[openspending-dev] The taxman cometh

Nick Stenning nick at whiteink.com
Tue May 1 15:16:51 UTC 2012

On 1 May 2012, at 15:47, Martin Keegan <martin at no.ucant.org> wrote:
> Hello,
> Thanks for making the taxman tool - I really like it.
> What is to be done to obtain valid international comparative data from non-programmers?

Hi Martin,

[adding openspending-dev]

Yes, this is The Question, and it has multiple parts:

1) is there a standard data format we could accept that would
adequately describe tax systems across jurisdictions?

2) is there a meaningful contribution non-programmers can make to
building TaxMan?

3) how can we standardise the output of the TaxMan so as to make it
useful for interjurisdictional comparisons.

To which I think the answers are:

1) No, and we shouldn't try and invent one. While tax bands are a good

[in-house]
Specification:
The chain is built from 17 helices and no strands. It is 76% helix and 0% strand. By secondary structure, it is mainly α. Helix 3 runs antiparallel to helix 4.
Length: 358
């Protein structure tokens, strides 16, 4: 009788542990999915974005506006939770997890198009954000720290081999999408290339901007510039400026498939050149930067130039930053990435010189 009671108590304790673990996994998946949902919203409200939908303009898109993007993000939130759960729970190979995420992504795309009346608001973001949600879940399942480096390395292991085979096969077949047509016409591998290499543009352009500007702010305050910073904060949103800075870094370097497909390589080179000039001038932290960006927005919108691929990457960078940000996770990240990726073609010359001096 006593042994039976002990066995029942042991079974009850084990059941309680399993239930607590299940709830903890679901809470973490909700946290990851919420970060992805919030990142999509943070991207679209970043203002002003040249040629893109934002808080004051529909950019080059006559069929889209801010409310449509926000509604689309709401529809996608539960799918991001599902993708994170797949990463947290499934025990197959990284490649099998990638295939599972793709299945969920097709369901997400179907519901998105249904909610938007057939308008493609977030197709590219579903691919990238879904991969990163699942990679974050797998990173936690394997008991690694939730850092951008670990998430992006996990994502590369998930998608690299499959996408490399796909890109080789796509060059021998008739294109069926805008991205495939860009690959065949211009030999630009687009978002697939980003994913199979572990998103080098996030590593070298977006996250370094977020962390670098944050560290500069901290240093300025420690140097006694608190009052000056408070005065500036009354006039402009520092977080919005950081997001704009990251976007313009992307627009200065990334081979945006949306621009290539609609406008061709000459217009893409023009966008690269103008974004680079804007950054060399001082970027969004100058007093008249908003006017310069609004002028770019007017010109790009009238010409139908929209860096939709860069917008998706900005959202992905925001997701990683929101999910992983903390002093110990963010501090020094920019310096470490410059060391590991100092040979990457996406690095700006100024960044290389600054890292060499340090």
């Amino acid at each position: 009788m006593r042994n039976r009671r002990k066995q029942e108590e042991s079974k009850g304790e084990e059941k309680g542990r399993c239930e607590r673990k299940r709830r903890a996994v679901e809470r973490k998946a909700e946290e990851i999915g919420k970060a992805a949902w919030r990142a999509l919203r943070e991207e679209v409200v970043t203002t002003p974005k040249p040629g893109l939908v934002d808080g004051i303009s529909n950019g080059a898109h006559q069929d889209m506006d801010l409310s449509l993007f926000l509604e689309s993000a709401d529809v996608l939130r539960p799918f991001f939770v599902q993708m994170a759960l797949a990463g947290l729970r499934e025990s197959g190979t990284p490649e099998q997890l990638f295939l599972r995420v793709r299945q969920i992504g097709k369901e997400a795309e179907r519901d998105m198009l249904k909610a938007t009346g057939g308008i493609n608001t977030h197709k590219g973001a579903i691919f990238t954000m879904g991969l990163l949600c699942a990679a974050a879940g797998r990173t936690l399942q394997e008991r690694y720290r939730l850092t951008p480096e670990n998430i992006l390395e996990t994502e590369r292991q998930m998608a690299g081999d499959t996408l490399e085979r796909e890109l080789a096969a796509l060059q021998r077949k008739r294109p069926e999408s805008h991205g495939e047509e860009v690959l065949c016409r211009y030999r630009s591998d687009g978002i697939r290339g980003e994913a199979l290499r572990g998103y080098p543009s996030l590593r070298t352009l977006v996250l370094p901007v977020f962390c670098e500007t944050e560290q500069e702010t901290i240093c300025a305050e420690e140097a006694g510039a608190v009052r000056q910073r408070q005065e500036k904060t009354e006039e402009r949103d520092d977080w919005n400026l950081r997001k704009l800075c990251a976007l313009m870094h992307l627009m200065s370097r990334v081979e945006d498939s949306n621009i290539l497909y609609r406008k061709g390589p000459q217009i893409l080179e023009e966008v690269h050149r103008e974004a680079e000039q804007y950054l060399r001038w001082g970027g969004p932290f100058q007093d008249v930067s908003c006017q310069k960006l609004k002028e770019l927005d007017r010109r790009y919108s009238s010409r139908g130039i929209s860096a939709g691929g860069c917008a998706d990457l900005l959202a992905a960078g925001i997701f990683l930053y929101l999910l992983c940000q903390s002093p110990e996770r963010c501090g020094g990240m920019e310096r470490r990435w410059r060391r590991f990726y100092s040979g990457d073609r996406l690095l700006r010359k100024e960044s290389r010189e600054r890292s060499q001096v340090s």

abstraction for a fixed-parameter system, you end up needing a program
to calculate the tax bands given varying parameters (sex, age,
employment status, etc, etc.)

The true nature of a tax system is algorithmic, not tabular, and a
program is the correct implementation. Any attempt to create a
"data-only" format would either not work everywhere or be outrageously

2) Yes! If people would just write down detailed textual explanations
of how their jurisdiction calculates tax contributions, it would make
coding the TaxMan adapter much easier. The tough part is hunting down
the information on the relevant federal web pages.

3) In short, I don't know. But my current feeling is that we should
standardise *parts* of the return object. For example, different
jurisdictions might have all kinds of data that aren't shared, but
there should always be a "calculation.total" field denoting total
contributions. Perhaps also stuff like "calculation.directs.total" and

What do you think of the basic three root keys? "options" to show how
the adapter parsed the GET params, "data" to show the data used in the
calculation, and "calculation" to show the detailed tax calculation
for the provided parameters?

Lastly, I should stress that TaxMan was hacked together in a few
hours, and any and all design decisions are up for grabs!


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